The idea that far distant particles can somehow 'talk' to each other worried Einstein so much that he called it 'spooky action at a distance'.
Having confirmed its existence, scientists today are learning how to use this 'spooky action' as a helpful tool. Now a team of physicists at the University of Bristol and Imperial College London have harnessed this phenomenon to shed light on another unusual and previously difficult aspect of quantum physics - that of distinguishing between two similar quantum devices.
In the everyday world any process can be considered as a black box device with an input and an output; if you wish to identify the device you simply apply inputs, measure the outputs and determine what must have happened in between.
But quantum black boxes are different. Distinguishing between them is impossible using only single particle inputs because the outputs are not distinguishable: a fundamental consequence of the laws of quantum mechanics is that only very few states of a quantum particle can be reliably distinguished from one another.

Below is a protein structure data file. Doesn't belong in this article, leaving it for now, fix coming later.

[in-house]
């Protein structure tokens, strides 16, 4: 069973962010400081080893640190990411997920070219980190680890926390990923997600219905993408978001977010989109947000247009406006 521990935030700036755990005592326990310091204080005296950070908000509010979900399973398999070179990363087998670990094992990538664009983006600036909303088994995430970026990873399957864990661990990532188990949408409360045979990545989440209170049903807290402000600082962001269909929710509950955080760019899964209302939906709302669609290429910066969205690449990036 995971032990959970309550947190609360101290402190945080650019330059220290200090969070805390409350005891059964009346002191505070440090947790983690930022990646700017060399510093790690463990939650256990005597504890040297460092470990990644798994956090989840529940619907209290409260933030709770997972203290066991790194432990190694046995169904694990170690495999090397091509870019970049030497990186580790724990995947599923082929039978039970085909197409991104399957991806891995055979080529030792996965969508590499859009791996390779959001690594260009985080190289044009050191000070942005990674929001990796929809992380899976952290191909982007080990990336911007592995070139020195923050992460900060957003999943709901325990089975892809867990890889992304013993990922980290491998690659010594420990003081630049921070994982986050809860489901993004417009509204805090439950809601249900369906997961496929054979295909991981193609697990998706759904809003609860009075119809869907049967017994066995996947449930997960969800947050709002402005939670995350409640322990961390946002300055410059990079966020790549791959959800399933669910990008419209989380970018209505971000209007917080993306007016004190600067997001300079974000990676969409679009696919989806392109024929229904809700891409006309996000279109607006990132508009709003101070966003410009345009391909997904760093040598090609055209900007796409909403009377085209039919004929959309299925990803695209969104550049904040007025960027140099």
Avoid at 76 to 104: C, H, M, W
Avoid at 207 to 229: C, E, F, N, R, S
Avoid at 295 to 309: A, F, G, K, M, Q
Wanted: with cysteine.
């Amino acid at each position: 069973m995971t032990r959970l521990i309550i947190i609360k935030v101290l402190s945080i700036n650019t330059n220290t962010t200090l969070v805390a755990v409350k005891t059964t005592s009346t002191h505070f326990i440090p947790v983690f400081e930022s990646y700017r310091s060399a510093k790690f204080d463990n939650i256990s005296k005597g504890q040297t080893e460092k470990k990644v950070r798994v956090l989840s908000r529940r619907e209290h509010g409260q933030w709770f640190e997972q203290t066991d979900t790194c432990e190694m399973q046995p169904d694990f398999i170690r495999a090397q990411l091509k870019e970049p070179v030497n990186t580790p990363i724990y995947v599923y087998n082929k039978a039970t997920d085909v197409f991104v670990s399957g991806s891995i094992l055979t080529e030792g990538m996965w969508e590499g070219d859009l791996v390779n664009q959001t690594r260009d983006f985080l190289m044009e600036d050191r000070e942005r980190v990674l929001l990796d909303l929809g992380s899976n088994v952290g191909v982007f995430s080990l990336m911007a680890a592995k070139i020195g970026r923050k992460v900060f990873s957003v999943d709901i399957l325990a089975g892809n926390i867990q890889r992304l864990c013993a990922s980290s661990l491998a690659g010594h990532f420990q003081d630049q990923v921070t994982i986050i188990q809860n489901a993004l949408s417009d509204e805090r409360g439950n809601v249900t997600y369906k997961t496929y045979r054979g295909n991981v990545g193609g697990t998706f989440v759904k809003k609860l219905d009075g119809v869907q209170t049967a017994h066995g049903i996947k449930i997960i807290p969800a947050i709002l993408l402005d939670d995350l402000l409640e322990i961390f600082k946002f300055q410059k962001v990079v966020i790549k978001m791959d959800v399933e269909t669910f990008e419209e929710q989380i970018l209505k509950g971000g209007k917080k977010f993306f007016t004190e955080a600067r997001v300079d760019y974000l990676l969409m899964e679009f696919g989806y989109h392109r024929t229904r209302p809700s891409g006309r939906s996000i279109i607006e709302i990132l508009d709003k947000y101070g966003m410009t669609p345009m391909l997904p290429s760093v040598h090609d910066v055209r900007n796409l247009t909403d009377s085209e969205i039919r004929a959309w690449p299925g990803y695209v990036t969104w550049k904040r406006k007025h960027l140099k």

The Bristol-Imperial team has shown how to get around this problem using 'spooky action'.
Anthony Laing, PhD student in the Department of Physics, who performed the study, said: "Apart from providing insight into the fundamentals of quantum physics, this work may be crucial for future quantum technologies.
"How else could a future quantum engineer build a quantum computer if they can't tell which circuits they have?"
The new findings have implications for our understanding of quantum mechanics as well as the emerging potential of quantum information science.
This work was performed in the Bristol Centre for Quantum Photonics led by Professor Jeremy O'Brien (www.phy.bris.ac.uk/groups/cqp) as part of a collaboration with Dr Terry Rudolph at Imperial College London.
The paper in Physical Review Letters is published online ahead of print, 24 April 2009, http://link.
The work was supported by the US Intelligence Advanced Research Projects Activity (IARPA), the UK Engineering and Physical Sciences Research Council (EPSRC), the UK Quantum Information Processing Interdisciplinary Collaboration (QIP IRC), and the Leverhulme Trust.